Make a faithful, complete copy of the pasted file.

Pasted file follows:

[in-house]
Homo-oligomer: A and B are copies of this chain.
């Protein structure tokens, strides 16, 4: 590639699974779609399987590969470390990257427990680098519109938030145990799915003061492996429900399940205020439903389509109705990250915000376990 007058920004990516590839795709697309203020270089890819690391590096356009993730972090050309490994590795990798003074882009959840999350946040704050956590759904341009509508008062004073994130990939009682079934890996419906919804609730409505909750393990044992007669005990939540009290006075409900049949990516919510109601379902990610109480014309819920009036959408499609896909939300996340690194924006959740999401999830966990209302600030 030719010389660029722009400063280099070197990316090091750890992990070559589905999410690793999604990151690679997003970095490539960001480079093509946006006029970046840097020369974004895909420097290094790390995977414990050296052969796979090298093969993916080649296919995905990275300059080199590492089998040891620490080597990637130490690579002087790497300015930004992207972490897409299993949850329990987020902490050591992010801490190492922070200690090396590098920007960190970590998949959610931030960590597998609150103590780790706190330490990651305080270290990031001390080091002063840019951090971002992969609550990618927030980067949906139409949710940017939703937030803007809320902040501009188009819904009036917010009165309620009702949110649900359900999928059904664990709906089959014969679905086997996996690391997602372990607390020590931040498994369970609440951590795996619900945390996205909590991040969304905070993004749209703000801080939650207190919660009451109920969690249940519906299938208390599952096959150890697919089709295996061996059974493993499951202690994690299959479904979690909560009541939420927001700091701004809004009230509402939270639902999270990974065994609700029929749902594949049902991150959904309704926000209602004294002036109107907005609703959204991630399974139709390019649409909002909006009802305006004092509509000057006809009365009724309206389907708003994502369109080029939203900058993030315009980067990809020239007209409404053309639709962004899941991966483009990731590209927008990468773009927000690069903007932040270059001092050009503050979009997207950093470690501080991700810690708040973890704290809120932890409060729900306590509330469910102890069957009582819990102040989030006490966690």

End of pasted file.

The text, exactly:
[in-house]
Homo-oligomer: A and B are copies of this chain.
């Protein structure tokens, strides 16, 4: 590639699974779609399987590969470390990257427990680098519109938030145990799915003061492996429900399940205020439903389509109705990250915000376990 007058920004990516590839795709697309203020270089890819690391590096356009993730972090050309490994590795990798003074882009959840999350946040704050956590759904341009509508008062004073994130990939009682079934890996419906919804609730409505909750393990044992007669005990939540009290006075409900049949990516919510109601379902990610109480014309819920009036959408499609896909939300996340690194924006959740999401999830966990209302600030 030719010389660029722009400063280099070197990316090091750890992990070559589905999410690793999604990151690679997003970095490539960001480079093509946006006029970046840097020369974004895909420097290094790390995977414990050296052969796979090298093969993916080649296919995905990275300059080199590492089998040891620490080597990637130490690579002087790497300015930004992207972490897409299993949850329990987020902490050591992010801490190492922070200690090396590098920007960190970590998949959610931030960590597998609150103590780790706190330490990651305080270290990031001390080091002063840019951090971002992969609550990618927030980067949906139409949710940017939703937030803007809320902040501009188009819904009036917010009165309620009702949110649900359900999928059904664990709906089959014969679905086997996996690391997602372990607390020590931040498994369970609440951590795996619900945390996205909590991040969304905070993004749209703000801080939650207190919660009451109920969690249940519906299938208390599952096959150890697919089709295996061996059974493993499951202690994690299959479904979690909560009541939420927001700091701004809004009230509402939270639902999270990974065994609700029929749902594949049902991150959904309704926000209602004294002036109107907005609703959204991630399974139709390019649409909002909006009802305006004092509509000057006809009365009724309206389907708003994502369109080029939203900058993030315009980067990809020239007209409404053309639709962004899941991966483009990731590209927008990468773009927000690069903007932040270059001092050009503050979009997207950093470690501080991700810690708040973890704290809120932890409060729900306590509330469910102890069957009582819990102040989030006490966690």